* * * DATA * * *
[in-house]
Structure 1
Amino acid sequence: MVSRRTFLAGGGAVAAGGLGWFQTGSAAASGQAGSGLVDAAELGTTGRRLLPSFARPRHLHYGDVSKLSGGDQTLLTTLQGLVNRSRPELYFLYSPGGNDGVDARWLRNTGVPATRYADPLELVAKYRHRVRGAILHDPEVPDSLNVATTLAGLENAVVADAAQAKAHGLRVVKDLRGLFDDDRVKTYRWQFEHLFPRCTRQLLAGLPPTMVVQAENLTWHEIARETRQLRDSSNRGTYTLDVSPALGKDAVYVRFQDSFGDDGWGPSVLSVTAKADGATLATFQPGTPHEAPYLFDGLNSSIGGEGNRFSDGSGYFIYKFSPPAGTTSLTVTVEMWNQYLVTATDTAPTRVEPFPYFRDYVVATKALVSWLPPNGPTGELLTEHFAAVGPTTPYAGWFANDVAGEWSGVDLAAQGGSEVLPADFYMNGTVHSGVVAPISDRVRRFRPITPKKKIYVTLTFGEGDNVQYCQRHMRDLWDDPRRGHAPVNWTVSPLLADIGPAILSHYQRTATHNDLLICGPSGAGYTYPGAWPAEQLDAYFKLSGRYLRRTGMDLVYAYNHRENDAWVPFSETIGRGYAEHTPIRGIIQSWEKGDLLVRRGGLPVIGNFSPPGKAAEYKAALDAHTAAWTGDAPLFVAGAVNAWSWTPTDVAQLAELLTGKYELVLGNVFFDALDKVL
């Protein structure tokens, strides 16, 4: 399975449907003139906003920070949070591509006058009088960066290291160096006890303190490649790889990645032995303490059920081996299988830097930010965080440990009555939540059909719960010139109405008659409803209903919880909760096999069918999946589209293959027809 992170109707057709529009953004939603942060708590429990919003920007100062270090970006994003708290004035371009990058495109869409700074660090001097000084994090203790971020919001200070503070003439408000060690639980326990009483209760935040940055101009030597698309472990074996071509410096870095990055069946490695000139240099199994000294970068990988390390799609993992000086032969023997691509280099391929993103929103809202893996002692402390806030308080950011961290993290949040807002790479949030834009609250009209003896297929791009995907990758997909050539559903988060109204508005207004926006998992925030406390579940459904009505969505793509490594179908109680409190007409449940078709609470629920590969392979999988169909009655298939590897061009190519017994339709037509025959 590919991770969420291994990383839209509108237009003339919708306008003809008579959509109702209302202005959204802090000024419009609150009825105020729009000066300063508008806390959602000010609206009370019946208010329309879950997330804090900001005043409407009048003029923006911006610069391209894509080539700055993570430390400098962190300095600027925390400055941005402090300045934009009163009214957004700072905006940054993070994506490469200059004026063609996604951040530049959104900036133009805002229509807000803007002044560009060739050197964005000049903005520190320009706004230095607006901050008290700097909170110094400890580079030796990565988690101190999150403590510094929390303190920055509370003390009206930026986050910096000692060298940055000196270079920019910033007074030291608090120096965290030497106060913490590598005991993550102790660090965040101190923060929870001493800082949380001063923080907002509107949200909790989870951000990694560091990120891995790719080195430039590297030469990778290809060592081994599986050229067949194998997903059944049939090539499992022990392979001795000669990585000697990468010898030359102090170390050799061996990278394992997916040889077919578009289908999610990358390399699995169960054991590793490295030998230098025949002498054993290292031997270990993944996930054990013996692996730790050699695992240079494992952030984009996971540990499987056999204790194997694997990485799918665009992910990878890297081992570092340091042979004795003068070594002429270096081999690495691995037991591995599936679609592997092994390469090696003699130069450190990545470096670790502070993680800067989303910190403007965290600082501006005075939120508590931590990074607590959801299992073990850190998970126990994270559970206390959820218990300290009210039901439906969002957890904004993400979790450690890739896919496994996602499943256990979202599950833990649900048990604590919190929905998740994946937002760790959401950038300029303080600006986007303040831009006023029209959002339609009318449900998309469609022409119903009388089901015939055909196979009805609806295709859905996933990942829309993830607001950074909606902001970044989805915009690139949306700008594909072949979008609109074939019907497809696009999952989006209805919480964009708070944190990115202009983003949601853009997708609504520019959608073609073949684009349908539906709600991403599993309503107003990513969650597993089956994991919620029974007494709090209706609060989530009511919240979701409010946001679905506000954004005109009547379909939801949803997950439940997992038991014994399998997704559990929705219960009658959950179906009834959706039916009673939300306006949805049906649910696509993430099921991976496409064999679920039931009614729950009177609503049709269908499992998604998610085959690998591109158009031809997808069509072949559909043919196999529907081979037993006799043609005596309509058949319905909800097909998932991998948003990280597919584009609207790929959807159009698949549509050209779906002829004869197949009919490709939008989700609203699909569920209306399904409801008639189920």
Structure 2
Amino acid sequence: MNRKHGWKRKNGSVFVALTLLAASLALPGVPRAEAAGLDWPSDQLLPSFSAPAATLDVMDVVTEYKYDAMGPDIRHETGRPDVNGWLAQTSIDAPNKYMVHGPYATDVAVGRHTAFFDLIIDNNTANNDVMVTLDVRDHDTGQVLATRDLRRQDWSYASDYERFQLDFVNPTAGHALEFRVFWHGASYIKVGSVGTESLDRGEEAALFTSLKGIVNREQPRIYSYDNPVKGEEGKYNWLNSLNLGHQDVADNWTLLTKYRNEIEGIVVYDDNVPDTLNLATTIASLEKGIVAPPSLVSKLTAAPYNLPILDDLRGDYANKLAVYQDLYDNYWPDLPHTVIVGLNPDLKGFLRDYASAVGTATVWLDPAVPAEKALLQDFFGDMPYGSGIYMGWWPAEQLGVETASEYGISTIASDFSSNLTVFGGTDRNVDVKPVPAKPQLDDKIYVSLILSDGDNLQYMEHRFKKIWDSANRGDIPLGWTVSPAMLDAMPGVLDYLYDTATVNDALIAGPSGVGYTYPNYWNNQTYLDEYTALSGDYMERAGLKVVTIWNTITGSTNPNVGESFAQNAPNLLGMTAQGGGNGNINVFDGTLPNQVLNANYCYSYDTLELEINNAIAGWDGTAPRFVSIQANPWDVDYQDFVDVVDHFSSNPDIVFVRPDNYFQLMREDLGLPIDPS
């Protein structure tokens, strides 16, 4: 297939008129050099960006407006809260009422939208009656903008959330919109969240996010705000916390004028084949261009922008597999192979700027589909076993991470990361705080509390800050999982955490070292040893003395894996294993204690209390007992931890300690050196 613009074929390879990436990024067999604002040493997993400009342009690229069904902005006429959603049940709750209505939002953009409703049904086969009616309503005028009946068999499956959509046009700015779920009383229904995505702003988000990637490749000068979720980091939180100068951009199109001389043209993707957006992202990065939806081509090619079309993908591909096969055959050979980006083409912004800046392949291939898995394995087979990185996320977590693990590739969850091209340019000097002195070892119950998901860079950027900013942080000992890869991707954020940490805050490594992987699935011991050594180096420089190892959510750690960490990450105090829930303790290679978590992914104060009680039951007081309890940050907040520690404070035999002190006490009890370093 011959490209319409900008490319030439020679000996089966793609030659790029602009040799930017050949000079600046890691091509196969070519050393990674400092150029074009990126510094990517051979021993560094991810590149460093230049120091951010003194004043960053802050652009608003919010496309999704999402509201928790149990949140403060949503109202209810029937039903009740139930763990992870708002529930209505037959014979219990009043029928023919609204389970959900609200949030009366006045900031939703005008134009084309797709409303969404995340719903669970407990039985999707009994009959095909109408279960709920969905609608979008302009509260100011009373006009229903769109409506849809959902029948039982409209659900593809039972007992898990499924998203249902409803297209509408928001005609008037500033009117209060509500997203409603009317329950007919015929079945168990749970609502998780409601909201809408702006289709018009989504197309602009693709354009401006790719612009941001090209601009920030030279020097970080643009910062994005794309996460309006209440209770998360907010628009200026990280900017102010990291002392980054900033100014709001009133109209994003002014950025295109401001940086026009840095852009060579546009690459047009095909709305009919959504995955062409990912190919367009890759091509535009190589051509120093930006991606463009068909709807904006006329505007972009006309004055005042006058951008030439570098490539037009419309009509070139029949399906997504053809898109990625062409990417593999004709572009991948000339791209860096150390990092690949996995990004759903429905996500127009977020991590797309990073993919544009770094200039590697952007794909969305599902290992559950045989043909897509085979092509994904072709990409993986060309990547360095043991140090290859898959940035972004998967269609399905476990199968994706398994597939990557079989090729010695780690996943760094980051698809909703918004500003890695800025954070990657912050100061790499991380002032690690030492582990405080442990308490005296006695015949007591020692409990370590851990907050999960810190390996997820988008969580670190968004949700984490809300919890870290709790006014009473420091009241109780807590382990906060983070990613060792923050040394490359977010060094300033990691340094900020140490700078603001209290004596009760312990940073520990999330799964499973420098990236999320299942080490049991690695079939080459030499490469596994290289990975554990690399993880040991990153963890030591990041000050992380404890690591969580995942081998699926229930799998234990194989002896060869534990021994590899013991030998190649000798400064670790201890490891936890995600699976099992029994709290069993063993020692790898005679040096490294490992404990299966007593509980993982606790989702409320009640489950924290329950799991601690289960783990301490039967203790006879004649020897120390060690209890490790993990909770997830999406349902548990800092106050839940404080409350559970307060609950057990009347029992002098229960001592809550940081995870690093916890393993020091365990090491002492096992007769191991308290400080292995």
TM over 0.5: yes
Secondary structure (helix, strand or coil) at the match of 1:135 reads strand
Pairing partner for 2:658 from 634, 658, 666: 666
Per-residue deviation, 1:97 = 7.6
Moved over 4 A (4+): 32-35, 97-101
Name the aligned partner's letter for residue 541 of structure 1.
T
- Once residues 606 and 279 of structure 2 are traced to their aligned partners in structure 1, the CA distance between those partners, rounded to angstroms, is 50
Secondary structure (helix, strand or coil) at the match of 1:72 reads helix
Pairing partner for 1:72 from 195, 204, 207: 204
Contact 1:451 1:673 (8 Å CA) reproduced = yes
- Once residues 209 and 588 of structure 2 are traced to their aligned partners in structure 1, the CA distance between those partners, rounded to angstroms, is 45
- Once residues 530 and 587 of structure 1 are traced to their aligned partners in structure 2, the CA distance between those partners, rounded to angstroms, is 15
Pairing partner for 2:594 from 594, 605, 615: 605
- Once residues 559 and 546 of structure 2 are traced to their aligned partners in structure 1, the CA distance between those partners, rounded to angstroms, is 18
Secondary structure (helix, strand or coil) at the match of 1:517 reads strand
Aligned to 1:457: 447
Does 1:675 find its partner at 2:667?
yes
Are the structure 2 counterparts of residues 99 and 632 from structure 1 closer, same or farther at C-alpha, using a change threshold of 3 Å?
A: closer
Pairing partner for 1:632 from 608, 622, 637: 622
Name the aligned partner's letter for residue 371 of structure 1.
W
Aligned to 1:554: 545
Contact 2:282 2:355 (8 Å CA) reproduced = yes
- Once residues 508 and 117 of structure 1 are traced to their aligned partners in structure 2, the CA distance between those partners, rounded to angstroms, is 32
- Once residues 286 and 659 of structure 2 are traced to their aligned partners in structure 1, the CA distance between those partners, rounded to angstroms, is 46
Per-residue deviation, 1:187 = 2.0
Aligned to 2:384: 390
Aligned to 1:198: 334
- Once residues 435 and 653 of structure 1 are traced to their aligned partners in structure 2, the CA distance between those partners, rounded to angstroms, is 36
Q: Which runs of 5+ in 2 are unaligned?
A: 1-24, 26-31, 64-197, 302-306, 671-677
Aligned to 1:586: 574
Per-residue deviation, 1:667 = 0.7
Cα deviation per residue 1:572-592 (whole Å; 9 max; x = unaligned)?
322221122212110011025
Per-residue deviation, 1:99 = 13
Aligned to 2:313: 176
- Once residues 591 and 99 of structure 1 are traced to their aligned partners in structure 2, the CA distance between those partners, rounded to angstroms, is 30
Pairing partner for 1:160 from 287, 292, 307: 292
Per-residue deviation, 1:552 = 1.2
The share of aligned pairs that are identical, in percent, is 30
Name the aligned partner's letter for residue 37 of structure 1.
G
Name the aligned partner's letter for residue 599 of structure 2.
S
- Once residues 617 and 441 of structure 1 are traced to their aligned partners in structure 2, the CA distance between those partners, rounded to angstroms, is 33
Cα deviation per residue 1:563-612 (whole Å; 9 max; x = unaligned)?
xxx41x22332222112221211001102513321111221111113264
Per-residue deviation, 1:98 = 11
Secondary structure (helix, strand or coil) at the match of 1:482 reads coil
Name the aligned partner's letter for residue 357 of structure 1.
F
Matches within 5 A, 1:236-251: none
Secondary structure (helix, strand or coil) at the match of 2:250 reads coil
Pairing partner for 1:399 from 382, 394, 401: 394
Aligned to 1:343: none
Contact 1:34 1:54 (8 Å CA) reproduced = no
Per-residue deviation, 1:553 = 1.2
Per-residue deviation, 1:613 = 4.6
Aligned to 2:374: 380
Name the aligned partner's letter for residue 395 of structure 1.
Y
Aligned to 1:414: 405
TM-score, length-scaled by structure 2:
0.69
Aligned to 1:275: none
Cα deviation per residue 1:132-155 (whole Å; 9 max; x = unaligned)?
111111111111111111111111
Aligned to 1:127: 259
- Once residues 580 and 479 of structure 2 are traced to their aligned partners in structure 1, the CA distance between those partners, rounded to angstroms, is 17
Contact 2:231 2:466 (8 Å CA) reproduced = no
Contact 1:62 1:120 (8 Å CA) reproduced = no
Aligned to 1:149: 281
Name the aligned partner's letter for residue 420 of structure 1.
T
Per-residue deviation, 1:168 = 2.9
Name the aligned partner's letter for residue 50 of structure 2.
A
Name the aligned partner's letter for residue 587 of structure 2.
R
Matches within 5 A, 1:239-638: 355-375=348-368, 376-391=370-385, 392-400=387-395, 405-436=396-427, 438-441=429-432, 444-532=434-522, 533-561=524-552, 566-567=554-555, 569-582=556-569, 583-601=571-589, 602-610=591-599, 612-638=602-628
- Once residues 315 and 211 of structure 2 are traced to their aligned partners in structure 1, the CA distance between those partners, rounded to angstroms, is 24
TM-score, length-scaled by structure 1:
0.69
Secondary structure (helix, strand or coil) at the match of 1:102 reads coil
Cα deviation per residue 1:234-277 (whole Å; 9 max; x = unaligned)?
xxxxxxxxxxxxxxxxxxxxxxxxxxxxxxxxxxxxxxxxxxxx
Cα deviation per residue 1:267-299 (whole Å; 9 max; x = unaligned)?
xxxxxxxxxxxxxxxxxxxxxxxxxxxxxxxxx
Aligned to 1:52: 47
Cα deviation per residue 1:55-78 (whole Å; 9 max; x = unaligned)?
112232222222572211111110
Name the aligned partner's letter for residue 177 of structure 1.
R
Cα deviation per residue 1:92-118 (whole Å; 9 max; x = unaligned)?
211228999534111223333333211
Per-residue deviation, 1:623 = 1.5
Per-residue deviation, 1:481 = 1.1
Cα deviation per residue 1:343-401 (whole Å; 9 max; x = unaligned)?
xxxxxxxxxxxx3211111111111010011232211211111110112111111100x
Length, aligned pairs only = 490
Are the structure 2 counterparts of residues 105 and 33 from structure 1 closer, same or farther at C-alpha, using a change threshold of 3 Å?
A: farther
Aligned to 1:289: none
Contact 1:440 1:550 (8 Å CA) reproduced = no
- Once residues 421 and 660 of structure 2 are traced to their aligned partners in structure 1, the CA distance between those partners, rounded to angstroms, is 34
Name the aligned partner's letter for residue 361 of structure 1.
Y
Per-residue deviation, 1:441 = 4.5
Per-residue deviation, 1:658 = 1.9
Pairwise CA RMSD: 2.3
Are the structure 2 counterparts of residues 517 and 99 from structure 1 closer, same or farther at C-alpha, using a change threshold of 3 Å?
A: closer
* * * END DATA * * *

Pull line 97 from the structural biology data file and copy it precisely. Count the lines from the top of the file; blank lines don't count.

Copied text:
xxxxxxxxxxxxxxxxxxxxxxxxxxxxxxxxxxxxxxxxxxxx